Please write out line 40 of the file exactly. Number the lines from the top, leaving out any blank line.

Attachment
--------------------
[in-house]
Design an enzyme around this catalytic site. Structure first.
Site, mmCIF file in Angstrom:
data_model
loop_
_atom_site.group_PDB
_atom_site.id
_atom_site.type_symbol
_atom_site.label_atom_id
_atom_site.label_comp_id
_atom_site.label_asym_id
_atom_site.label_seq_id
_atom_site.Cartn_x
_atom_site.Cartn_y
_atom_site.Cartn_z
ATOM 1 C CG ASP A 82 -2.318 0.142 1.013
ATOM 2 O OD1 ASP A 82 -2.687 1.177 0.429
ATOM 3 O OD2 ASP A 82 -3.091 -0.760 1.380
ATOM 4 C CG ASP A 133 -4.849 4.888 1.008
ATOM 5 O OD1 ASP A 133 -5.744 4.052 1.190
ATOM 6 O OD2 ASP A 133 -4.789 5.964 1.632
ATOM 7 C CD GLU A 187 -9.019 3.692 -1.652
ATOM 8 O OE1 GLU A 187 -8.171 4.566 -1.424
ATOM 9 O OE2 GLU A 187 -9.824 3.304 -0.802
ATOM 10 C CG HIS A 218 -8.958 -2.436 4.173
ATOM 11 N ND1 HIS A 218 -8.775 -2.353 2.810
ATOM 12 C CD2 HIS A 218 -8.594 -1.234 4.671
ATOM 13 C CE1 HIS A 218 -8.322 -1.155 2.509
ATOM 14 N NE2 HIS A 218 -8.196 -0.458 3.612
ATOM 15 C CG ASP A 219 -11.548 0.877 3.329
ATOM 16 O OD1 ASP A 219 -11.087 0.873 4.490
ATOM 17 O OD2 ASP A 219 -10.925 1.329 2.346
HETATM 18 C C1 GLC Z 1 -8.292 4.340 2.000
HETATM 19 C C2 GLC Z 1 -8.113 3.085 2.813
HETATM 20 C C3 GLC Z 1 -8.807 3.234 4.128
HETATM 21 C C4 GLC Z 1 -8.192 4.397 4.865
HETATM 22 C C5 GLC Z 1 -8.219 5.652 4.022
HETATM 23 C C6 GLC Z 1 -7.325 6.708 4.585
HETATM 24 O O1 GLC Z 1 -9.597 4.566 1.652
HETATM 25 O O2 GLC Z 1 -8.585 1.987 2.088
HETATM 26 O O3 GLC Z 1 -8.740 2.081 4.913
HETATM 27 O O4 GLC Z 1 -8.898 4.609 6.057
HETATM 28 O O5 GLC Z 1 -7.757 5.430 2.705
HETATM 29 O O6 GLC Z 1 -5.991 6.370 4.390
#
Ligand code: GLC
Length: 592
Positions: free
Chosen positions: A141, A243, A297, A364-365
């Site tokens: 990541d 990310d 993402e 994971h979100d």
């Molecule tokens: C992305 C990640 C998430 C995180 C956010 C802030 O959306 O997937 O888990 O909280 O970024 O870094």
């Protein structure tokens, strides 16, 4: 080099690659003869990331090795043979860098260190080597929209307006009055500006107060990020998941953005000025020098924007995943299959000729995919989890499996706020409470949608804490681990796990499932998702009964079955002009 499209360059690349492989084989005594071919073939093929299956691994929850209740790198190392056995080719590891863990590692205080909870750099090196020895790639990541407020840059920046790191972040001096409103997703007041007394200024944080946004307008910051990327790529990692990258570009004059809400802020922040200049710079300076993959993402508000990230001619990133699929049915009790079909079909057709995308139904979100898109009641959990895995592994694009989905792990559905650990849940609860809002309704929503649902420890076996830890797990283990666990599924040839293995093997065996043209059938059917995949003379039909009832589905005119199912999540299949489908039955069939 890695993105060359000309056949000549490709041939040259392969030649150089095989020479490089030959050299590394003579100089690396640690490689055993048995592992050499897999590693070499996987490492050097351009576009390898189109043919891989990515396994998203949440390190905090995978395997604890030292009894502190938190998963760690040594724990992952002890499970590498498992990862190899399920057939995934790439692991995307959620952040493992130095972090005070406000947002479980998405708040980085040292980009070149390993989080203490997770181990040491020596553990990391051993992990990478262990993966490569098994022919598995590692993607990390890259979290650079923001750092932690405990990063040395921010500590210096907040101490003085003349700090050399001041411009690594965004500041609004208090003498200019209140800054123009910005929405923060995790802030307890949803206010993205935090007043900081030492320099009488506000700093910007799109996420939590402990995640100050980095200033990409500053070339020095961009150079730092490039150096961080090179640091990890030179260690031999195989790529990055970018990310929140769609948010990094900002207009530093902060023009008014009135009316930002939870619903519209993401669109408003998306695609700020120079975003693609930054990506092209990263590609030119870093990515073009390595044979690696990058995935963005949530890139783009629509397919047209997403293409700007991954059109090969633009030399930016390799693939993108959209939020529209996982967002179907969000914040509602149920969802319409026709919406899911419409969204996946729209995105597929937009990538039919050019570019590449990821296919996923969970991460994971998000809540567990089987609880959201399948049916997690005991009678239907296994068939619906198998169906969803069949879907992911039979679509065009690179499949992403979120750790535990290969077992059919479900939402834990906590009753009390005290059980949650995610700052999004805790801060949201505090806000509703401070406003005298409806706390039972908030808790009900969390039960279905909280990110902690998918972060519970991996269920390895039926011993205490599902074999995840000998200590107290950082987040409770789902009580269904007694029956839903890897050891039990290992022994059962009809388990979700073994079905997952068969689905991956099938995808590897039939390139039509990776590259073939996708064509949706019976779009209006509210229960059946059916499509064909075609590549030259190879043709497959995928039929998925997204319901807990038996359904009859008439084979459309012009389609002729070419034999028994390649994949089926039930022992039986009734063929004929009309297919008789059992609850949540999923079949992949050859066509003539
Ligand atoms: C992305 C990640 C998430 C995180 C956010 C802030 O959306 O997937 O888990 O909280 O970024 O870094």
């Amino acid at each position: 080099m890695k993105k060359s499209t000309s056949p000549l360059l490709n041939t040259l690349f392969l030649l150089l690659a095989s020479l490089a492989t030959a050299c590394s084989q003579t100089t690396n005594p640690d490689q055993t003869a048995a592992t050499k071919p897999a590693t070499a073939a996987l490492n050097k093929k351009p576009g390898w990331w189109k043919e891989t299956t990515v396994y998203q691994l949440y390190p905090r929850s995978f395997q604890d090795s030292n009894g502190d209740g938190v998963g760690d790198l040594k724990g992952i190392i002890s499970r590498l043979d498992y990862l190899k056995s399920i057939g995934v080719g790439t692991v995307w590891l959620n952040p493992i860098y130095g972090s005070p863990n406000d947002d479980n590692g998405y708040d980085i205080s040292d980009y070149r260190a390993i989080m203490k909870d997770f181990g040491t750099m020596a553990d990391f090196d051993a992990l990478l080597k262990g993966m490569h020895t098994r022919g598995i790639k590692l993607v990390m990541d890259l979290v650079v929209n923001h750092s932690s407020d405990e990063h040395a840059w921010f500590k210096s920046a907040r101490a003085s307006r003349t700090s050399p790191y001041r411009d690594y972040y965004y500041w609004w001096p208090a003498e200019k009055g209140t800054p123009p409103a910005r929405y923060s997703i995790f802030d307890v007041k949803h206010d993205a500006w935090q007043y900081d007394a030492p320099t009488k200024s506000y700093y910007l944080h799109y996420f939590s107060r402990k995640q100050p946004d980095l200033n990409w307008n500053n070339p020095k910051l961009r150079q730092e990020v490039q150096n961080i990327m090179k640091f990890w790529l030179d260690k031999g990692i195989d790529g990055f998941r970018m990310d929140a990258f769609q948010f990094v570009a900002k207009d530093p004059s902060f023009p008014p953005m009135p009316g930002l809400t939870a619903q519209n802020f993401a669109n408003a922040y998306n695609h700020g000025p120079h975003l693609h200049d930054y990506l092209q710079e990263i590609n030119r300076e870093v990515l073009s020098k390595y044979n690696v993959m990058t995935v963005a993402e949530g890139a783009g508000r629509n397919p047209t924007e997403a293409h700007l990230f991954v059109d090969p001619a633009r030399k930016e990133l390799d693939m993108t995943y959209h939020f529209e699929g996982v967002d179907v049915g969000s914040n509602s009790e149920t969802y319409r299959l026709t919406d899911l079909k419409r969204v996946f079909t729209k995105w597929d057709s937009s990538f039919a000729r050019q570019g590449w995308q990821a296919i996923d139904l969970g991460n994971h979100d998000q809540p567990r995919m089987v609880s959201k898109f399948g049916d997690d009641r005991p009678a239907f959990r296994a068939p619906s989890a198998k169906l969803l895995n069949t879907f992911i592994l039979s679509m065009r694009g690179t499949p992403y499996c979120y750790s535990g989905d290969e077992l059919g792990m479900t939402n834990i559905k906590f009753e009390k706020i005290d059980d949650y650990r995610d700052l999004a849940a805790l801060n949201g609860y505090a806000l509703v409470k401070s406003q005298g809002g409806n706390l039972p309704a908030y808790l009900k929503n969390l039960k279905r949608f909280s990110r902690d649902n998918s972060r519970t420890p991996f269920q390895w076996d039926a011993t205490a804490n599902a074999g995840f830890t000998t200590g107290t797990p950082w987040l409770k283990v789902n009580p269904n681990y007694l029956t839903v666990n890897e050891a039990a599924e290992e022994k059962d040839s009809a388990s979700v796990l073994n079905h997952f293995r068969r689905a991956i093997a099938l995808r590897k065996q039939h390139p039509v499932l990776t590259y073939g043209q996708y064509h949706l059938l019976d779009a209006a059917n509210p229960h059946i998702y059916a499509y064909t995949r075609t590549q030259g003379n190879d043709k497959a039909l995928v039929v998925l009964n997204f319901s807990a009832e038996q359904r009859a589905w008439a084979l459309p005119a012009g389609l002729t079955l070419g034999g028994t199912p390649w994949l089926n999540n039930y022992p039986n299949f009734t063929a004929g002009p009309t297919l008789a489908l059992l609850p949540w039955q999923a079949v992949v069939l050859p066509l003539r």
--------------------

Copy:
HETATM 25 O O2 GLC Z 1 -8.585 1.987 2.088